If you want to go to heaven, you will have to walk

Robert C. Oliver Contributing columnist

September 6, 2013

There are many modes of transportation available to man today, even to some that will take one to the moon or possibly other planets. However, cars, trains, boats and aircraft will all fail if utilized in an attempt to get to heaven. The book of Genesis records an attempt of man to build a tower, “whose top may reach unto heaven” (Gen. 11:4), but they could not reach heaven in that manner either. The fact is, if man is to reach a heavenly home, he will have to walk to get there. Of course, we are using the definition of “walk” that relates to how one behaves himself, not the one that refers to putting one foot in front of the other. There are many examples in God’s word where the word “walk” is used in reference to how one conducts him or her self. Jeremiah told Judah, “Thus saith the Lord, Stand ye in the ways, and see, and ask for the old paths, where is the good way, and walk therein, and ye shall find rest for your souls. But they said, We will not walk therein” (Jer. 6:16). The apostle Paul used the concept of walking on several occasions in his epistle to the church at Ephesus. Let us consider just how these brethren had to walk in order to reach heaven.

We might start with the fact that they had to become a part of God’s family before they could even begin the journey to heaven. In the second chapter of Ephesians, there is a very real contrast in the way that the Ephesians had walked and how they were then to walk. Paul said that “in time past ye walked according to the course of this world” (Eph. 2:2), but he said just a few verses later, “we are his workmanship, created in Christ Jesus unto good works, which God hath before ordained that we should walk in them” (Eph. 2:10). This change came about when they became Christians. They heard the preaching of the gospel (Acts 19:8). They believed that gospel which they heard (Acts 19:18). Paul had commanded repentance of their sins (Acts 20:21) and they were baptized into Christ for the remission of their sins (Acts 19:5; Acts 2:38). It was at the point of baptism that they were required to walk in a different manner than before. Paul said, “Know ye not, that so many of us as were baptized into Jesus Christ were baptized into his death? Therefore we are buried with him by baptism into death: that like as Christ was raised up from the dead by the glory of the Father, even so we also should walk in newness of life” (Rom. 6:3-4). Thus, starting with their baptism, the way they walked was legislated by God and God legislated both positive as well as negative aspects of their walk.

Negatively speaking, they were not to walk according to the world. This was seen in Eph. 2:2 where he points out that such was the way they had formerly walked and those who did so were “the children of disobedience”. To the Corinthians, this same writer told them to “Come out from among them and be ye separate saith the Lord, and touch not the unclean thing” (II Cor. 6:17). John said it this way; “Love not the world, neither the things that are in the world. If any man love the world, the love of the Father is not in him” (I John 2:15). Also, Paul warns these Ephesian brethren to not walk according to their own mind. He wrote, “that henceforth walk not as other Gentiles walk, in the vanity of their mind” (Eph. 4:17). Far too often, that is just exactly the way many walk today, the way they think they should walk. The big problem with this is, what we think is not what we will be judged by in the last day. “For my thoughts are not your thought s neither are your ways my ways, saith the Lord” (Isa. 55:8). There is a way that seemeth right unto a man, but the end thereof are the ways of death” (Proverbs 14:12). Jeremiah wrote, “I know that the way of man is not in himself, it is not in man that walketh to direct his steps” (Jer. 10:23).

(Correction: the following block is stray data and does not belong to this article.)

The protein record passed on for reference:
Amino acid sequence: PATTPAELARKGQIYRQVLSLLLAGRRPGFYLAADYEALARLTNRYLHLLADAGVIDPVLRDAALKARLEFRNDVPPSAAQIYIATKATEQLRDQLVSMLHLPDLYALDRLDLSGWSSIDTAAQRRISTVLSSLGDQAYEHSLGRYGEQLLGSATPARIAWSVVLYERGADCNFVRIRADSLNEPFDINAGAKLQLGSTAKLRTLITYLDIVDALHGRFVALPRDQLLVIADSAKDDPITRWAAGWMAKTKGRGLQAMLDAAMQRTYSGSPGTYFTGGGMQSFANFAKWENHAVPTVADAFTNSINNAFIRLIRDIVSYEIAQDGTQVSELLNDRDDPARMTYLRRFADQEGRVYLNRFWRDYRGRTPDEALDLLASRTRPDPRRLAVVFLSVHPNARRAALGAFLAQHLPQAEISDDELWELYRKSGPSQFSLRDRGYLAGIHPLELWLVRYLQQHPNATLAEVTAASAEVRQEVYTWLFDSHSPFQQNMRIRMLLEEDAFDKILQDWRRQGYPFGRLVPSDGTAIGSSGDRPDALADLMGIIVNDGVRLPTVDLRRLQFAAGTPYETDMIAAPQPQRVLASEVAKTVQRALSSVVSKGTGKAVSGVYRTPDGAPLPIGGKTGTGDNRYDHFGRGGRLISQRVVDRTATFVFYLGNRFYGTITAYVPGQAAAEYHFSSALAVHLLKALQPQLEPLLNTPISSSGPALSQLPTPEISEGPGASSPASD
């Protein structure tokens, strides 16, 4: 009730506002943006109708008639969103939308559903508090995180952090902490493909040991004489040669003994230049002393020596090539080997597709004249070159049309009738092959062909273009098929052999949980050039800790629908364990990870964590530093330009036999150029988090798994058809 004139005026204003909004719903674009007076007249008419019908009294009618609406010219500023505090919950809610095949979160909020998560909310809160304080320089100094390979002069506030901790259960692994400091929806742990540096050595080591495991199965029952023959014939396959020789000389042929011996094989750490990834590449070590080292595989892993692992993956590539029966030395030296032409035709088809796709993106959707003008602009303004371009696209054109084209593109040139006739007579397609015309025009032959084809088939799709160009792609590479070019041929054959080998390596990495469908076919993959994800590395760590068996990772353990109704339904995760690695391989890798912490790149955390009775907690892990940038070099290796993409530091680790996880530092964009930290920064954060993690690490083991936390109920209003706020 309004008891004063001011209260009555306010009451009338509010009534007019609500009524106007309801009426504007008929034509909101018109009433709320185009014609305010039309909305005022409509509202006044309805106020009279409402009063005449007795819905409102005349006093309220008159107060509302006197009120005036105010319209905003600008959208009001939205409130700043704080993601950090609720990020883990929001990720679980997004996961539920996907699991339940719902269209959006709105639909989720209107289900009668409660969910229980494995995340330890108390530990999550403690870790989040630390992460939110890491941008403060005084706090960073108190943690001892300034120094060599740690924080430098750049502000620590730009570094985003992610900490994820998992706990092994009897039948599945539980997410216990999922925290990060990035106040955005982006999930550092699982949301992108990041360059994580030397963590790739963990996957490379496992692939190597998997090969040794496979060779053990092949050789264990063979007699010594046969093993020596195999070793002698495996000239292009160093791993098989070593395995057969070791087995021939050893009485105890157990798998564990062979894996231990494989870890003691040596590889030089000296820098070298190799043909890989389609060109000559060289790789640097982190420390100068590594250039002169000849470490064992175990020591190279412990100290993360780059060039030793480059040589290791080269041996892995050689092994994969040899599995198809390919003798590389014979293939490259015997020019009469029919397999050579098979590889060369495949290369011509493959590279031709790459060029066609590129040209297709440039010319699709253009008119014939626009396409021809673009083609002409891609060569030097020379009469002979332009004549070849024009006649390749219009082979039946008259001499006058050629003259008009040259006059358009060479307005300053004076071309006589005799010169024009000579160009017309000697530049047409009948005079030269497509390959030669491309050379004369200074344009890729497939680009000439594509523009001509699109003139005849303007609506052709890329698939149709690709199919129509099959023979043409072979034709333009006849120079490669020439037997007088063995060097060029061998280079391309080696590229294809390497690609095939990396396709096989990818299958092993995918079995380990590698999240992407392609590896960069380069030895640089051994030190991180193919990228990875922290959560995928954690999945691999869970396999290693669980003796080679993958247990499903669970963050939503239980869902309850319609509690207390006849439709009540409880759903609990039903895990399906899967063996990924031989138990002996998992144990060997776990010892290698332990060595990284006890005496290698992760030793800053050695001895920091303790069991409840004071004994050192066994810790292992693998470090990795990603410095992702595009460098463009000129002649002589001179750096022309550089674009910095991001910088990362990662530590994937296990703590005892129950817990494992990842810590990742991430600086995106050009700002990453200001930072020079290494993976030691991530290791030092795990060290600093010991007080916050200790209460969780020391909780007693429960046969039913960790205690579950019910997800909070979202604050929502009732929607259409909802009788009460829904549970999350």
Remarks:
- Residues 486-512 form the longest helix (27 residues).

Positively speaking, Paul gives instruction on the proper way to walk if one desires to reach a heavenly home. He tells us that we must “walk as children of light” (Eph. 5:8). Children of light are those who live in accordance to the light of the glorious Son of God (John 1:4-5). It is much the same as what the apostle John wrote, “But if we walk in the light, as he is in the light, we have fellowship one with another, and the blood of Jesus Christ his Son cleanseth us from all sin” (I John 1:7). But, Paul also commands that we walk worth of our calling. He said, “I therefore, the prisoner of the Lord, beseech you that ye walk worthy of the vocation wherewith ye are called” (Eph. 4:1). This addresses the subject of being living examples of what a child of God is. Jesus had said, “Let your light so shine before men, that they may see your good works, and glorify your Father which is in heaven” (Matt. 5:16). The Ephesians were instructed to walk circumspectly (Eph. 5:15). Use caution, not subjecting oneself to needless temptations. Paul instructed that we walk in good works (Eph. 2:10).

Christians are always to be ready to do good to all men (Gal. 6:10). And, certainly we would not want to leave out this last one. “And walk in love, as Christ also hath loved us” (Eph. 5:2). Now you know, if you want to get to heaven, you will have to walk.

(Editor’s note: Send any questions or comments to: